Celebrating Moms

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First, as a mother of two myself, let me take a moment to wish all the wonderfully hard-working and generous mothers out there a Happy Mother’s Day!

Jane Sellman once said, “The phrase “working mother” is redundant.” But the ways moms define success is not.

At Ketchum, we (and everyone else, we hope) appreciate moms throughout the year. And, as marketing-to-moms thought leaders, we know that moms represent trillions of dollars in purchasing power – more than any other consumer segment – and that moms’ economic power is still growing.

We also know that moms are now the primary breadwinner, or on par with a partner, in almost half of U.S. households (Happy Mother’s Day, indeed!) and at rates that are quickly increasing around the world (click to tweet).

In short, moms are still THE consumer audience to be reckoned with. Although they are similar in many ways, a look at how moms define personal success by generation reveals fascinating differences and drivers that can help us better understand this dynamic group.

Four key findings of our Moms by Generation research include:

1. 66% of Millennial moms value career success and holding chief positions in the workplace, and 55% of those moms also value similar positions within the community. That’s more than Baby Boomer moms, who value it at (46%) and (37%) respectively, or Gen X moms at (40%) and (38%), respectively.

2. Although Baby Boomer moms tend to juggle more thoughts, 83% of them ultimately find a way to appreciate life more than Millennial moms at (75%), and Gen X moms at (66%).

3. 98% of Baby Boomer moms agree that having well-adjusted kids is a personal definition of success, vs. Millennial moms at (89%), and Gen X moms at (85%).

4. Confidence and investment in one’s self tends to be higher among Millennial moms at 61%, than among Baby Boomer moms at (46%) and Gen X moms at (44%).

So why does one size of success not fit all moms? Societal dynamics may explain the differences. With the decline of marriage among the Millennial generation, along with an increasing number of children being born to single moms, breadwinning and career success are simply imperative to child support. Boomer moms, noted for kicking off the “helicopter parent” trend, have focused more time, money and energy on the development of their kids than any other generation, so having well-adjusted children may be perceived as a pay-off to those extraordinary efforts.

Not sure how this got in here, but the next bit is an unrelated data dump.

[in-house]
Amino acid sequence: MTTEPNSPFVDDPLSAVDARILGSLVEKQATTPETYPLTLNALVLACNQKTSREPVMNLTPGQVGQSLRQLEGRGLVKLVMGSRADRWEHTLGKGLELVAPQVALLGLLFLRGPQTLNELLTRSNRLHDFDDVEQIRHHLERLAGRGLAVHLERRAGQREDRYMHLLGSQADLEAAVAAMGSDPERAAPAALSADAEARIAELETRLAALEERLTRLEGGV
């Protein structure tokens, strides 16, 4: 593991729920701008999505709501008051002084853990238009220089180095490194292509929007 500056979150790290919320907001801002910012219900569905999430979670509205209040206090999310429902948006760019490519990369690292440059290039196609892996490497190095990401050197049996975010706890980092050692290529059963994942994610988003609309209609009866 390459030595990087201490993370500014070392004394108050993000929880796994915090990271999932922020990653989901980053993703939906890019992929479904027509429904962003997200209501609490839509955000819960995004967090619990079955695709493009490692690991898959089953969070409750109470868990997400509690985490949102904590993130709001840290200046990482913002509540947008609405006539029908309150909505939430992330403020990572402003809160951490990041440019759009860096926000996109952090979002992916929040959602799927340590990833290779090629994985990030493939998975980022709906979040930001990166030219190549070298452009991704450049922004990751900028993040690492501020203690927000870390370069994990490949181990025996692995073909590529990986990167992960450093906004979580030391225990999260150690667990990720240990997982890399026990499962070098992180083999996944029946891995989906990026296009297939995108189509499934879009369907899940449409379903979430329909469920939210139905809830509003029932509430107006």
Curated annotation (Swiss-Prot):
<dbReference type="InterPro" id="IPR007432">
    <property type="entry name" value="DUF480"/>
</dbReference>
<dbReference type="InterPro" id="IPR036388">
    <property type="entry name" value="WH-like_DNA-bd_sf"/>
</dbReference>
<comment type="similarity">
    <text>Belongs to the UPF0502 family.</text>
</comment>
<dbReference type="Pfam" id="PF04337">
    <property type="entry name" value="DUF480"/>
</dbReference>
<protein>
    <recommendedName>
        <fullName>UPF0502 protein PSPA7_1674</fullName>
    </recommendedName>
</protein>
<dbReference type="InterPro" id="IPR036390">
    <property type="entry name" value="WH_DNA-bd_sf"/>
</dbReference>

In light of these varying definitions of personal success, we marketers should give the moms out there a truly meaningful Mother’s Day gift that lasts even longer than flowers or breakfast in bed. We can do this by:

  • Marketing directly to the different definitions of personal success.
  • Acknowledging Millennial moms not just as moms, but also as important drivers of business success. Let’s help elevate them to truly equal drivers of the global economy.
  • Celebrate the hard work Baby Boomer moms have put in to redefine work/life balance and create well-adjusted kids.

Gen X moms don’t seem to be on board as strongly as other generations with these measures of personal success, but our data clearly indicates a need for confidence building and investment in themselves. Take a look at your marketing-to-moms programs and see how they could be enhanced by helping moms success according to they way they uniquely define it.

Ketchum’s recent launch of the 50+ ReMovement Study and our continuing focus on moms and Millennials provide more insights into these important audience segments.

Once more, to the hard-working moms of all generations, regardless of how we each define success – Happy Mother’s Day!

 

About Kelley Skoloda

Kelley is a Partner and Director of Ketchum's Global Brand Marketing Practice. She is the author of of the business book, Too Busy to Shop: Marketing to Multi-Minding Women (Praeger/Mar 2009) and the architect of the widely-publicized Women 25to54 offering.

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